Training

What Is A Squat Thrust? | Benefits & Technique

When building up your workout, it is always handy to have highly effective exercises that don’t require equipment. Squat thrusts are a fantastic exercise to have in your repertoire. Here’s all you need to know about squat thrusts, and why you should be including them in your regular workouts.

What Is A Squat Thrust?

A squat thrust is a conditioning exercise that is often confused with a burpee. However, it is more of a lower body exercise than a burpee. While a burpee requires upper body strength in the push-up section of the move, squat thrusts leave that portion out in favour of a squat.

It is a great all body workout, but they particularly strengthen your lower body.

How To Do A Squat Thrust

Good technique is very important. Critically, it will help to prevent any injury or issues developing in both the long and short-term. It will also ensure that you get the maximum benefits from the exercise. After all, you don’t want to be putting in all the effort without getting all the results!

  1. To do a squat thrust, start stood straight with your feet shoulder-width apart, your arms should hang loosely at your sides.
  2. Then lower down and place your palms flat on the floor just over shoulder width apart. Jump your legs back so that you are in a classic push up position. Ensure you are holding your core at all times so your middle doesn’t dip during this movement.
  3. In an explosive move, jump your legs forward into a squatting position (aim to get your feet flat on the floor in one movement). Then raise to the position you began the exercise in.

Exercises To Compliment A Squat Thrust

As always, one exercise alone can’t do all the work to help you reach your goals. You can maximise your squat thrust results by adding in these complimentary exercises into your workouts….

Squat Jacks: These are a great warm-up exercise to get you geared up for squat thrusts. Simply start with your hands behind your head and your feet together. Then lower into a half squat, ensuring you do not round your back. Keep your hands behind your head and jump your feet out to the side, retaining the half squat stance.

Box Jumps: You will need equipment for this one, but it’s a great way to take your workout to the next level. Stand in front of a plyometric box with enough room to jump onto it (start with the smallest available if you are unsure of your ability). Place your feet shoulder-width apart. Lower slightly, and then hinge your hips, swing your arms and jump onto the box. Aim to land gently, and then lower into a classic squat position.

Squat Thrust Benefits

Squat thrusts are a great exercise that you can carry out pretty much anywhere. They’re good to have up your sleeve when the gym is busy so that you don’t waste time waiting for certain weights or equipment to come free. You can even do them at home or in a hotel room if you can’t get to the gym or want to get your metabolism going before you head out for the day.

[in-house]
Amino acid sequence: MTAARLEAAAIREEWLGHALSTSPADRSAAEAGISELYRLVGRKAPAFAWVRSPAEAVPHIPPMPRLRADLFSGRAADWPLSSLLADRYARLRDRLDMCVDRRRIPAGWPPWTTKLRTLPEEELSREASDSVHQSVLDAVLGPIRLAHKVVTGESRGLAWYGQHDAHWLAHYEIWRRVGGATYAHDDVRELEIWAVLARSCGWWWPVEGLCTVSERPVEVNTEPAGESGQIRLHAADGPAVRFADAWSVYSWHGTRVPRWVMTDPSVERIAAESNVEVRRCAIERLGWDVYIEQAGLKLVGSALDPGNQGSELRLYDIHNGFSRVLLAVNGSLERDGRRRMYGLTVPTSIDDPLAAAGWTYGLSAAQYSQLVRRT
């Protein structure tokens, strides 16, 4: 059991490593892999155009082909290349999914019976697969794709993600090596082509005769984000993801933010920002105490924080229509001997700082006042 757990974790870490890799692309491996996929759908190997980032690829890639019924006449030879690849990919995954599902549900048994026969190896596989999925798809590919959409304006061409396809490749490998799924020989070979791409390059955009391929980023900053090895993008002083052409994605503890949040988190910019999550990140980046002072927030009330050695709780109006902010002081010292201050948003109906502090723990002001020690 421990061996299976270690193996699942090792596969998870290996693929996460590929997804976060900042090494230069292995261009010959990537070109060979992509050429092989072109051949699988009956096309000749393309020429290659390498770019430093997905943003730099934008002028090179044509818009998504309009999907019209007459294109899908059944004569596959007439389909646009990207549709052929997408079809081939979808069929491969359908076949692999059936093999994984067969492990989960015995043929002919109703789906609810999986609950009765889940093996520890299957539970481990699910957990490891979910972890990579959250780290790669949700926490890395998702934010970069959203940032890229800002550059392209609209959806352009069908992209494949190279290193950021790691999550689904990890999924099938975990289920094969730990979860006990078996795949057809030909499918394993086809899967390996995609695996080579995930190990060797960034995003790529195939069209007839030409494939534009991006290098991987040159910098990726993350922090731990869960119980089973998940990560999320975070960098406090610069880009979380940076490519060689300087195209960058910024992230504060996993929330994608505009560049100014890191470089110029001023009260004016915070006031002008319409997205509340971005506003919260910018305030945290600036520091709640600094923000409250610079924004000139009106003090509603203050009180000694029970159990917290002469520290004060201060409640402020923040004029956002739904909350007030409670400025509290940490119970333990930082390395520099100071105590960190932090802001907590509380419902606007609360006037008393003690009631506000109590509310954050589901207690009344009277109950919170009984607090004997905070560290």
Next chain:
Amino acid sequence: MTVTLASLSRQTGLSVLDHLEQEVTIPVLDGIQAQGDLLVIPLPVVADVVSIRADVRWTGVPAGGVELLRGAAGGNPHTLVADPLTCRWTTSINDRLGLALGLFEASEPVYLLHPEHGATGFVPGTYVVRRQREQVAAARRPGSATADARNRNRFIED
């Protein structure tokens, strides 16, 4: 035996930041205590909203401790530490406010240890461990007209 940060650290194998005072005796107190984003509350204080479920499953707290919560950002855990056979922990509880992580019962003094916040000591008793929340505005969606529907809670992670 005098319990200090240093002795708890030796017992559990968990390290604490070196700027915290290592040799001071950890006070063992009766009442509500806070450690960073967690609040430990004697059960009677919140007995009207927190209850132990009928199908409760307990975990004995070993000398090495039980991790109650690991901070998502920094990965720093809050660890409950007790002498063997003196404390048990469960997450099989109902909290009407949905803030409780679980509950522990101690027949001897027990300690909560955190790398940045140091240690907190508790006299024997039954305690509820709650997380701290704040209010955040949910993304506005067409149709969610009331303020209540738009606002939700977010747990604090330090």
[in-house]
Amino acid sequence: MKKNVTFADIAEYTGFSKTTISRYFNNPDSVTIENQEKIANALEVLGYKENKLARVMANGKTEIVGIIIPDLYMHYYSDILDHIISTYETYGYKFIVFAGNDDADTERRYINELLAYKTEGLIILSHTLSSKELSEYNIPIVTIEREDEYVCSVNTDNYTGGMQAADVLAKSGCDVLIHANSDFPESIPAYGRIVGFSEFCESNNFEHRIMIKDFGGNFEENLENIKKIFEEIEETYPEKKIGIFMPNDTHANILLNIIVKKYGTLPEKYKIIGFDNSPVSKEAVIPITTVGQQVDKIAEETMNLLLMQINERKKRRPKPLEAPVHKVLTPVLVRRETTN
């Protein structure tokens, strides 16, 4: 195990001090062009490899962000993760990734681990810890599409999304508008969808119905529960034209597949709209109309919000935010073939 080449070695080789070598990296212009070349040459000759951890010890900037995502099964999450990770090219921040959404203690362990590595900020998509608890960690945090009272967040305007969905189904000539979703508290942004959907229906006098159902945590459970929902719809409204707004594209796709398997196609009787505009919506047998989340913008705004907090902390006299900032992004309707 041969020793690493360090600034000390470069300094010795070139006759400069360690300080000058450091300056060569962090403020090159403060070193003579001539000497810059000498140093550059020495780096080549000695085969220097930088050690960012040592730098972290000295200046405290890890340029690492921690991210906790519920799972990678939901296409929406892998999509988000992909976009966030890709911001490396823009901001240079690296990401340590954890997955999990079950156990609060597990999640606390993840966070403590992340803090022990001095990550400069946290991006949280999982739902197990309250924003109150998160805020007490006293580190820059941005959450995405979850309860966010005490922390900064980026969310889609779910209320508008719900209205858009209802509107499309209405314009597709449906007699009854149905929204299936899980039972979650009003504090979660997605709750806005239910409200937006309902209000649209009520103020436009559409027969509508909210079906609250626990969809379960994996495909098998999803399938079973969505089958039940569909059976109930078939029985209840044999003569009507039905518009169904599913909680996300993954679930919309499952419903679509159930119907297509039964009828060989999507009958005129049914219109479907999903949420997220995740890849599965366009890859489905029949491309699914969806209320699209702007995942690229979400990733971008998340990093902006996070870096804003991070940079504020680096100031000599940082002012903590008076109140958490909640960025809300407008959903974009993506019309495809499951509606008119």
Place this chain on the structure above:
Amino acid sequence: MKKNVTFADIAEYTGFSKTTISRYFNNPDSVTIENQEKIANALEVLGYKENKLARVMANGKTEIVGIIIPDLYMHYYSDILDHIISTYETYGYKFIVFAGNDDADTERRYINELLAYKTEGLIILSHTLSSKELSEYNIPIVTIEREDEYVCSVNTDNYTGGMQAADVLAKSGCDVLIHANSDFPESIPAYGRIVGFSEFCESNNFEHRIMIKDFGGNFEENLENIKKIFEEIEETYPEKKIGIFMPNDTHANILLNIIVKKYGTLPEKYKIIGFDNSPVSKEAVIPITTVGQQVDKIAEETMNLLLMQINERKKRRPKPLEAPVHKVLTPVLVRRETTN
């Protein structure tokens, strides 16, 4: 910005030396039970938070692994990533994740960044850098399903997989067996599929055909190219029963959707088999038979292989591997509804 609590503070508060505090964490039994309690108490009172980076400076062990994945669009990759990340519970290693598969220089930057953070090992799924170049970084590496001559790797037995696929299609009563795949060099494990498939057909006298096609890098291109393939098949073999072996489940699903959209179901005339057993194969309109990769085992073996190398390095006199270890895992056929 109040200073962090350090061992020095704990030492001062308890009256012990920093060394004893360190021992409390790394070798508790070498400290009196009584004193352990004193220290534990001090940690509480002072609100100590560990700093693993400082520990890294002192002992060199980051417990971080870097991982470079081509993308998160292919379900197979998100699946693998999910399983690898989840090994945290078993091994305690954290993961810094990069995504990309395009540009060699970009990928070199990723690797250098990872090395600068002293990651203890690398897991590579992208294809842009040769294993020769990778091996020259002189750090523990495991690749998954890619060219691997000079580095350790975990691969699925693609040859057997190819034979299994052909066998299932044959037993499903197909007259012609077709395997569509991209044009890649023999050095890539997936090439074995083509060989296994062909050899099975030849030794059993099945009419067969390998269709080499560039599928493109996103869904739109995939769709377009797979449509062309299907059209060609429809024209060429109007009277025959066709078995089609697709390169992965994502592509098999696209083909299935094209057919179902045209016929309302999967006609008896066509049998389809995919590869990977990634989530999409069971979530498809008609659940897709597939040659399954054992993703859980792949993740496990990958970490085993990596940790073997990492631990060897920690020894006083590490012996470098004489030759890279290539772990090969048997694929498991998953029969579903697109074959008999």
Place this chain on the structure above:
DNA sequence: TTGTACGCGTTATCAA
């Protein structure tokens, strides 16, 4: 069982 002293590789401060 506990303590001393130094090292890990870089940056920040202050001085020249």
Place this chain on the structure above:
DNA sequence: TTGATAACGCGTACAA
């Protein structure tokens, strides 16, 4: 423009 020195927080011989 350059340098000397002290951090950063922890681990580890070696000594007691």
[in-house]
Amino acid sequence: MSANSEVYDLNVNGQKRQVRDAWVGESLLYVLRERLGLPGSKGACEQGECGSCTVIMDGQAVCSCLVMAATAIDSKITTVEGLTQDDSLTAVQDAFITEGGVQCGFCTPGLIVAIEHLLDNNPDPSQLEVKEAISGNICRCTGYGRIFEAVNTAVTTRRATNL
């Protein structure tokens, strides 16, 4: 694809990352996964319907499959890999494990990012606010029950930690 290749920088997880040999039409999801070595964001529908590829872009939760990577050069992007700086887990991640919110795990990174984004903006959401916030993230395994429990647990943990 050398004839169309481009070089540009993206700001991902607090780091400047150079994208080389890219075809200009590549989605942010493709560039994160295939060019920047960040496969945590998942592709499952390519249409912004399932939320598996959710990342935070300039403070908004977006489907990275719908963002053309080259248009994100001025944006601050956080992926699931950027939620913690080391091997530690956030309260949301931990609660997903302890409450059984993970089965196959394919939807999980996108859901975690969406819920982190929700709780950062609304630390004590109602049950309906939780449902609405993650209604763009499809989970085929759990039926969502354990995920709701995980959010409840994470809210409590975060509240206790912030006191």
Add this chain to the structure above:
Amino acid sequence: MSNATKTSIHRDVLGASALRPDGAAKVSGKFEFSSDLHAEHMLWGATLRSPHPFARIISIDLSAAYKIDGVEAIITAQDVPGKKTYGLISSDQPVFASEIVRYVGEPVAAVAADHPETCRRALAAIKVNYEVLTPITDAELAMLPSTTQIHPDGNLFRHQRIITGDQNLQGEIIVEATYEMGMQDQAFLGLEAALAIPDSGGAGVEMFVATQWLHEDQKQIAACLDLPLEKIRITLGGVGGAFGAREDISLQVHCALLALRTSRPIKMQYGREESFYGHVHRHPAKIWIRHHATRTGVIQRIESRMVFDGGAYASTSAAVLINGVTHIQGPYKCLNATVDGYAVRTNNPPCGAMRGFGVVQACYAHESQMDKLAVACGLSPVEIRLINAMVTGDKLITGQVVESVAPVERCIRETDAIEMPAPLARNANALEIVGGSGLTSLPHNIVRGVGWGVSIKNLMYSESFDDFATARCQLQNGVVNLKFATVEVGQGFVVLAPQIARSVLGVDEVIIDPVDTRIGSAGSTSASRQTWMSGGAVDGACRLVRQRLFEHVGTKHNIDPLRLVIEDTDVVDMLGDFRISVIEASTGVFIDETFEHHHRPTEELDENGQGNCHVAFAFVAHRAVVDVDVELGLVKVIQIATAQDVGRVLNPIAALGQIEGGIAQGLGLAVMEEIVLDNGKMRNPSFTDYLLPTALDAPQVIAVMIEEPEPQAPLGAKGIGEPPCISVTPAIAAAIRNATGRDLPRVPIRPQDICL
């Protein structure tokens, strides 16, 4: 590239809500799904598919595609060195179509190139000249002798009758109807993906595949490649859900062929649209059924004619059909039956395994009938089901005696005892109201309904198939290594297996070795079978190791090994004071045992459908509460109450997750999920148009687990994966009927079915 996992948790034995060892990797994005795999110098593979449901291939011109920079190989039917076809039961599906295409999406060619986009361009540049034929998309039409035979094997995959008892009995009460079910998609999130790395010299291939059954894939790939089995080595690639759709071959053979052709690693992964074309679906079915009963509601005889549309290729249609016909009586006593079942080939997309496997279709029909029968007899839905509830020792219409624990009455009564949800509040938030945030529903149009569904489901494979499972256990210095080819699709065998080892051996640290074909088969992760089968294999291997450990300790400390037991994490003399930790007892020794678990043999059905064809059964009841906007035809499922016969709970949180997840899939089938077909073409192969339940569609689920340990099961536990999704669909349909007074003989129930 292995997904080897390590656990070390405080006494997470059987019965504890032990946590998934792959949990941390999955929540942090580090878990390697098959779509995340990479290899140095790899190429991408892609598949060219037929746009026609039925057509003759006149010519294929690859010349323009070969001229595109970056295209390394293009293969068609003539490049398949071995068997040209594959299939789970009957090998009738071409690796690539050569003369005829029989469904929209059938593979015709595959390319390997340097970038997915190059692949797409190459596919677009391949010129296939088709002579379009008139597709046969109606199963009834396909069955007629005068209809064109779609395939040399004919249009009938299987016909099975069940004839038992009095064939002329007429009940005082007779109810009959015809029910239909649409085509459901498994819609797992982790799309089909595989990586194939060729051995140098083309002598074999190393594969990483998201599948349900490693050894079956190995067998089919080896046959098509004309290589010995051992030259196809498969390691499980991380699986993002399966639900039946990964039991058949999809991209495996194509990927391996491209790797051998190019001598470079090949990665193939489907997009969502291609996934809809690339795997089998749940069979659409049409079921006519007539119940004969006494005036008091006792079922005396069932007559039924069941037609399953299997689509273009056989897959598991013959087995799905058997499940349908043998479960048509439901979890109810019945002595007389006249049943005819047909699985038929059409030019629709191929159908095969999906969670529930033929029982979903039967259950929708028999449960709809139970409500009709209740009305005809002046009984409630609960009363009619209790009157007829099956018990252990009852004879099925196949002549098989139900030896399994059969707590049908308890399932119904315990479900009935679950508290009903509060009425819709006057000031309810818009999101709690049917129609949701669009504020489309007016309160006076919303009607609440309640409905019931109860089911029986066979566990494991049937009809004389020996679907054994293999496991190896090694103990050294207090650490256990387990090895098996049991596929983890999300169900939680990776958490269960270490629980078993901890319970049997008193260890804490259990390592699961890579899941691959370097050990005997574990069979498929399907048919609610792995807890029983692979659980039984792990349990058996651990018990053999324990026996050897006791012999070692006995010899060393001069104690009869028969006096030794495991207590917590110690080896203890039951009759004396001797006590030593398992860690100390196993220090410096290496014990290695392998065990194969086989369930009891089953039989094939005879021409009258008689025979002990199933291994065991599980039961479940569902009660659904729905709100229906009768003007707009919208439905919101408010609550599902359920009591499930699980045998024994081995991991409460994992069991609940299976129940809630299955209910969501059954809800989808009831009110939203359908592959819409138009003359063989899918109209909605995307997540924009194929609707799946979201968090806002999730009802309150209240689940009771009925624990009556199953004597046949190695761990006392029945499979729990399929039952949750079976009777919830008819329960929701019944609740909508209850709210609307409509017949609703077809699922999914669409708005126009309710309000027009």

Squat thrusts are great for fat burning and toning. They are a good all-body move, using your abs, chest, hamstrings, glutes, triceps, quads and shoulders. However, the real results from this exercise will be seen in your quads, glutes and hamstrings.

Developing strong glutes is very important for avoiding injuries while you are working out. The glutes are the largest muscle in the body, and they are key for basic lifting, as well as guiding your overall posture whilst sitting and standing.

If you have been working on your squats (particularly weighted squats) you will find this move beneficial in improving your technique whilst incorporating a cardio element to your training.

This is also a great exercise for those wanting to improve their hip mobility. This is often a concern for those in weight training, so it’s worth incorporating it into your workout as early into your training program as you can. Limited hip mobility can lead to a whole host of aches and pains, including lower back pain and issues with your knees.

If your knees are a concern, the hamstring-building element of squat thrusts will also be beneficial to you. Strong hamstrings are essential to healthy knees. The hamstrings help to provide stability to your knees and stop them from bearing the brunt of your movements. This will be further supported by working on your quads during this exercises. Building the two muscles together will help your body retain great balance, especially if you do cardio exercises like running and cycling.

Convinced Yet?

As you can see, there is a whole range of reasons why you should be doing squat thrusts as part of your workout. Which is your favourite? Whether you’re looking for gains, shredding, variation in your workout or a way to support your hips and knees, squat thrusts have you covered. Incorporate 2 sets of 15 reps, to begin within your workout, and watch the results!

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Faye Reid

Faye Reid

Writer and expert

Faye Reid has a Bachelor of Science in Sport and Exercise Physiology and a Master of Science in Exercise Physiology and Sports Nutrition. Faye has worked with numerous high-profile oranisations, such as Men's Health, Sky Sports, Huddersfield Giants, Warrington Wolves, British Dressage and GB Rowing, providing her expert sports science support. Find out more about Faye's experience here: https://www.linkedin.com/in/faye-reid-8b619b122/. She puts her passion into practice as goal attack for her netball team, and in competitive event riding.


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